GCDEG From Greece, joined Jan 2006, 352 posts, RR: 4 Posted (9 years 3 months 1 week 1 day 4 hours ago) and read 23415 times:
I read with fascination TG992 and Airnewzealands reports about the day in the life of a long haul crew so I thought why not do the same but write it from the eyes of a short haul crew member on a long haul shift for the company I work for - flyglobespan! Hope you enjoy it (i know it's really long!) and don't fall asleep on your keyboards! The first bit is just a bit of history about the company so just skip that part if you just want to read the report.
Just a brief mention about the background of the company I work for, for those of you who've never heard of it. The company itself has existed for about 30 years as a travel agency providing holidays mainly to Canadian destinations under the brand Globespan but using various airlines like Air Transat for its flights. In 2002 the company established its own airline aptly named "Fly"Globespan to operate a number of flights from its initial base of Prestwick to places in Italy and Spain. The aim to provide convenient flights at low fares with a high quality service. As the years went by the company grew adding more aircrafts and destinations and moving its base from Prestwick to Glasgow. The main base of Glasgow was soon joined by Edinburgh and the most recent is London Stansted. We have just taken delivery of an ex Air New Zealand Boeing 767-300ER to commence daily services from Glasgow to Orlando Sanford starting on June 2nd. As of today the fleet consists of 3xB737-800s, 4xB737-600s, 2xB737-300s 1xB767-300 and there are another couple of B737-300's which are used when necessary. An order for a B737-700 has been placed for delivery next year. More B767s are due to join the fleet soon to coincide with the introduction of a new service from Manchester to Cape Town. This summer will see the busiest of all summers so far with a number of new destinations mainly from the Glasgow base such as Orlando, Athens, Pula and Amsterdam.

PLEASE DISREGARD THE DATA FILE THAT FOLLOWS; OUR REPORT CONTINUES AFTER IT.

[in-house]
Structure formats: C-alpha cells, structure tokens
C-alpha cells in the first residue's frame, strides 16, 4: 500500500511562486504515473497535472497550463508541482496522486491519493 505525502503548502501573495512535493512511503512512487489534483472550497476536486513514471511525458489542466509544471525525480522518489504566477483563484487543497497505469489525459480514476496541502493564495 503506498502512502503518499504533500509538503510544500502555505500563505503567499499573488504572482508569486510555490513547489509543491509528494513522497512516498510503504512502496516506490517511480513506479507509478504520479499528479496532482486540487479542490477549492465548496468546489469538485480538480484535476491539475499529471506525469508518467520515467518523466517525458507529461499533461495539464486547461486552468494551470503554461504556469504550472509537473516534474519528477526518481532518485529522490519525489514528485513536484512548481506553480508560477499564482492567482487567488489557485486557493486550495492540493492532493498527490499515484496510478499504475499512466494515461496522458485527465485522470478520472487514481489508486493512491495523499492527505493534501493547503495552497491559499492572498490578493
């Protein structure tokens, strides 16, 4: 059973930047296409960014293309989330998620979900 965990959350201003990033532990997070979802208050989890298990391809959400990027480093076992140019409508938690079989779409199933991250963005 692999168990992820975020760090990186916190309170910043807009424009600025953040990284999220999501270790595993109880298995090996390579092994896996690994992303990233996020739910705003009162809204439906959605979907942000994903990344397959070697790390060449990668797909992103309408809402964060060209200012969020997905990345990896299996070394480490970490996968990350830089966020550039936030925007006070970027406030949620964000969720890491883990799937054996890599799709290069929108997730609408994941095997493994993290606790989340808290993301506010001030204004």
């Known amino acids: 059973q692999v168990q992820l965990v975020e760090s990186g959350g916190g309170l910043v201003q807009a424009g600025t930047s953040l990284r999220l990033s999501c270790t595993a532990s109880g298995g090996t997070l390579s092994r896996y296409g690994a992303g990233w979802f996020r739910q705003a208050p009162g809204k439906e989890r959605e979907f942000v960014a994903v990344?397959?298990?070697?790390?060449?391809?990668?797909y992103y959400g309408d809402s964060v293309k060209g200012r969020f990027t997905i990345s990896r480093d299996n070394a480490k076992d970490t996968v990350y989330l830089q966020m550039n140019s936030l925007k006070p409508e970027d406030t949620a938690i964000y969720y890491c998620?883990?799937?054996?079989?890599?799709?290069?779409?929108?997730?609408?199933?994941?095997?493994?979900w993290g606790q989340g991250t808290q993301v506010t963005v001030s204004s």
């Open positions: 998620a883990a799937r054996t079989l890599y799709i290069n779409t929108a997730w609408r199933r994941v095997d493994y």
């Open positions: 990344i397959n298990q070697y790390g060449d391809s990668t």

Anyway to get on with the report here goes -